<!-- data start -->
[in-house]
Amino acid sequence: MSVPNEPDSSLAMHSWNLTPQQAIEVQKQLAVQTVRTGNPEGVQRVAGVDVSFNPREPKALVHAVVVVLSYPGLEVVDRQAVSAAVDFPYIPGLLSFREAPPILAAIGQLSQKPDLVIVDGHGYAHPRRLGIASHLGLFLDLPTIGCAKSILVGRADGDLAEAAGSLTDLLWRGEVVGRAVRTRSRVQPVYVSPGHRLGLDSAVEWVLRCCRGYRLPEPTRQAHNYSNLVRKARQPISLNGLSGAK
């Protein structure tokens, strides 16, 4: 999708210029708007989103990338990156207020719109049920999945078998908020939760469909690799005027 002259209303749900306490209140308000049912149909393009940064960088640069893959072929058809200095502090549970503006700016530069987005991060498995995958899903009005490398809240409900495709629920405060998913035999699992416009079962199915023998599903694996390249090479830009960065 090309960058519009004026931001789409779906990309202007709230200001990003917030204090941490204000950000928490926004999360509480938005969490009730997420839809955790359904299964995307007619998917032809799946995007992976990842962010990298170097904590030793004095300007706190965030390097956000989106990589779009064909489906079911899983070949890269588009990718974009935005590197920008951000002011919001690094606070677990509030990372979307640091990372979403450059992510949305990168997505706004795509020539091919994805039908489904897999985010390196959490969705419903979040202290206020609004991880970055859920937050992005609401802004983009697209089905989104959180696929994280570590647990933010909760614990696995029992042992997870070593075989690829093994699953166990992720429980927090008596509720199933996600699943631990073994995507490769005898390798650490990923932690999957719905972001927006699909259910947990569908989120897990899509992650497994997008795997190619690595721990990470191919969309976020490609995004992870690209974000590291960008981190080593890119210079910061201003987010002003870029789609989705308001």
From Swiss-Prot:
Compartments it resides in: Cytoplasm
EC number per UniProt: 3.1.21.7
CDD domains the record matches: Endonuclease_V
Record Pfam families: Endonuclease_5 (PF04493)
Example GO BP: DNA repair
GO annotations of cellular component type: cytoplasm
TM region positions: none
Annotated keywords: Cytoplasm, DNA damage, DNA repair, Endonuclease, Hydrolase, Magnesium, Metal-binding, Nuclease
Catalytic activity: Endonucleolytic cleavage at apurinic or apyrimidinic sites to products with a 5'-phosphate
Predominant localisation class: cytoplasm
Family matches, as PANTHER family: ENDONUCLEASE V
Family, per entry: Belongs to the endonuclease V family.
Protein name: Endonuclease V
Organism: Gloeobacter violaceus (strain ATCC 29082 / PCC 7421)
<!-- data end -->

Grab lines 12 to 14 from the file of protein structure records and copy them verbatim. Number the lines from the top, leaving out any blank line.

Annotated keywords: Cytoplasm, DNA damage, DNA repair, Endonuclease, Hydrolase, Magnesium, Metal-binding, Nuclease
Catalytic activity: Endonucleolytic cleavage at apurinic or apyrimidinic sites to products with a 5'-phosphate
Predominant localisation class: cytoplasm